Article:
, Volume 186, Issue 3, pp 647–654 | Cite as

Grass pea (Lathyrus sativus): Is there a case for further crop improvement?

  • R. J. HillocksEmail author
  • M. N. Maruthi


An ideal legume for resource-poor farmers, grass pea [Lathyrus sativus] is a drought tolerant crop that thrives with minimal external inputs. It is grown on 1 million ha throughout South Asia, mainly as a relay crop after rice. It is also grown extensively in Ethiopia, where it is an important legume for human consumption. Traditionally used for human consumption and as a source of animal feed, this protein-rich legume is favoured for its excellent flavour. There is great potential for an expansion in the utilization of grass pea in drought-prone economies, such as Ethiopia. However, L. sativus produces small quantities of a neurotoxin, β-N-oxalyl –L-α-diaminopropanoic acid (ODAP), which, when consumed alone in large quantities, may cause ‘lathyrism’, an irreversible paralysis of the legs. Lathyrism is a medical condition closely associated with poverty in rural areas. Despite efforts in some countries to discourage production of L. sativus, poor farming communities continue to rely on the crop to supplement their meagre diets. As local land races with high toxin levels generally outperform introduced varieties with lower toxin levels, farmers have little option but to continue to grow their locally-adapted varieties. While there has been some success in breeding grass pea lines with low levels of ODAP, crop improvement programmes are scarce and under-resourced. Facing rising food prices and more frequent natural disasters associated with climate change, we should not neglect the ability of grass pea to provide human and animal feed, under conditions unsuitable for economic production of other legume crops.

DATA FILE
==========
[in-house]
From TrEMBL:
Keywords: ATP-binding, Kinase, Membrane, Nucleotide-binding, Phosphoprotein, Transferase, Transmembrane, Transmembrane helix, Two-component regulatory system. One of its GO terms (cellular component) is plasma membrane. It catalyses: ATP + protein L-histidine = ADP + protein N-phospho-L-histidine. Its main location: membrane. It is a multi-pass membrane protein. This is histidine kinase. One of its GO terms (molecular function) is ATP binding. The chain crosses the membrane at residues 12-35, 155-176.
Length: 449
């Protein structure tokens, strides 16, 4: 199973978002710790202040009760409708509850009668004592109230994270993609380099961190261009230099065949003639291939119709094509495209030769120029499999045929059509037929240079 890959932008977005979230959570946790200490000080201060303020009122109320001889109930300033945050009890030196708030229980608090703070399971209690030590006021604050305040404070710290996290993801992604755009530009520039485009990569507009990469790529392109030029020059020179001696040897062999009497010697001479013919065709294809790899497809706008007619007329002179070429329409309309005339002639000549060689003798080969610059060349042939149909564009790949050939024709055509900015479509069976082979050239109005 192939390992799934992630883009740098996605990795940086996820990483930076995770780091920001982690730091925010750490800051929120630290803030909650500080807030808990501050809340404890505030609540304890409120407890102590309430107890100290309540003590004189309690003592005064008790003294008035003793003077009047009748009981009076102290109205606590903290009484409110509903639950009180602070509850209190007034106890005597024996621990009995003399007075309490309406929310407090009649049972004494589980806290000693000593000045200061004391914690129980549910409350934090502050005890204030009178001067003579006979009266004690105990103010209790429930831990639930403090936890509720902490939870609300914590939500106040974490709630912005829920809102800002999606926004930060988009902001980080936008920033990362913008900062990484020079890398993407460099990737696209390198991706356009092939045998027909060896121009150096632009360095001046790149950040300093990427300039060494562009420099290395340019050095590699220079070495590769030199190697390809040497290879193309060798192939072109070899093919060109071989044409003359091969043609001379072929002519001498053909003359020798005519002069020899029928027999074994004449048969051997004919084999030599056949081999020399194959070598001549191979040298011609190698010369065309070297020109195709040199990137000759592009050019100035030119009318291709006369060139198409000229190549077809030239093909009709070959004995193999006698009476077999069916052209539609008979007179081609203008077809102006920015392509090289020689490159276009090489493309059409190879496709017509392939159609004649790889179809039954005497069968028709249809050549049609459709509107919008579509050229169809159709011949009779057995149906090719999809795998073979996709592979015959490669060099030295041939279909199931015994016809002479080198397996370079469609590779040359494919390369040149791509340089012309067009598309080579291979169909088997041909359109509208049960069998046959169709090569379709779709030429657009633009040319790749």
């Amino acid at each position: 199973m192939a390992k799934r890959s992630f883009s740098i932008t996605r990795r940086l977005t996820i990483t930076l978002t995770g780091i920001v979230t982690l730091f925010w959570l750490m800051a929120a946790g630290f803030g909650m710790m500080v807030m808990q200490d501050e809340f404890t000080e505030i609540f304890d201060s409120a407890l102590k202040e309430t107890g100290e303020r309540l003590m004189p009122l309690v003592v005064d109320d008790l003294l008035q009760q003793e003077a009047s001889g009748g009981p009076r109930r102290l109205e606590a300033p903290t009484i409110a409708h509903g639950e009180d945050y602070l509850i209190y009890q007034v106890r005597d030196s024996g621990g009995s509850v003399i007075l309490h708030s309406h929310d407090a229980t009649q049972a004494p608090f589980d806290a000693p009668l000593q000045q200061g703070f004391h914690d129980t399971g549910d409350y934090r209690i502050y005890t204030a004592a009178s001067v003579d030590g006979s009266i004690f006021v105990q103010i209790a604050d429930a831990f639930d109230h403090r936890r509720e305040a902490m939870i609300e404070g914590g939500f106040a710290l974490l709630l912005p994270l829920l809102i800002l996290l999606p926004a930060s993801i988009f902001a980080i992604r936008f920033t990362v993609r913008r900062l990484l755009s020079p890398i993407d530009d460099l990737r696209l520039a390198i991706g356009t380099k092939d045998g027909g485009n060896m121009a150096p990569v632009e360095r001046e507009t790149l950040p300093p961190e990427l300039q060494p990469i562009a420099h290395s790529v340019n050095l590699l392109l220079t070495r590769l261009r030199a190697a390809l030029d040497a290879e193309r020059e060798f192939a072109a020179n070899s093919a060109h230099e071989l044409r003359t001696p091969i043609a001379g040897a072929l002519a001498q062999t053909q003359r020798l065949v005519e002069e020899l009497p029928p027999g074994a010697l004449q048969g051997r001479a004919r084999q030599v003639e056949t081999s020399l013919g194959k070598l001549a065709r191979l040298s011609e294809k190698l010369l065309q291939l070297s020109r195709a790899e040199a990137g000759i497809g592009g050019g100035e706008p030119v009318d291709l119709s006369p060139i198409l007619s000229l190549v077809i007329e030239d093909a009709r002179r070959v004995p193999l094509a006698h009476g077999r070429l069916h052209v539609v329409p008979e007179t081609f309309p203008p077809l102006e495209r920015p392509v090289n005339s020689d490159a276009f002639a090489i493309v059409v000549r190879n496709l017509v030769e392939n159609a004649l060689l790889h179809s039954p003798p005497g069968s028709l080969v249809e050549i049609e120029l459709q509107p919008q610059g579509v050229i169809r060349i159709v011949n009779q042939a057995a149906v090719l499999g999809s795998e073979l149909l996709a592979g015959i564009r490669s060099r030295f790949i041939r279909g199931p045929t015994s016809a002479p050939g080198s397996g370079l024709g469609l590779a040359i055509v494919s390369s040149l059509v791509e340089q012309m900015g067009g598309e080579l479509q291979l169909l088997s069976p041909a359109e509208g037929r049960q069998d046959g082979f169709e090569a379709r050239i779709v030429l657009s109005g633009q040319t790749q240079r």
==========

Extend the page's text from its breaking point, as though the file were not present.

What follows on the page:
Grass pea Lathyrus sativus Production Utilization Improvement Markers 


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Copyright information

© Springer Science+Business Media B.V. 2012

Authors and Affiliations

  1. 1.Natural Resources Institute, University of GreenwichChatham MaritimeUK

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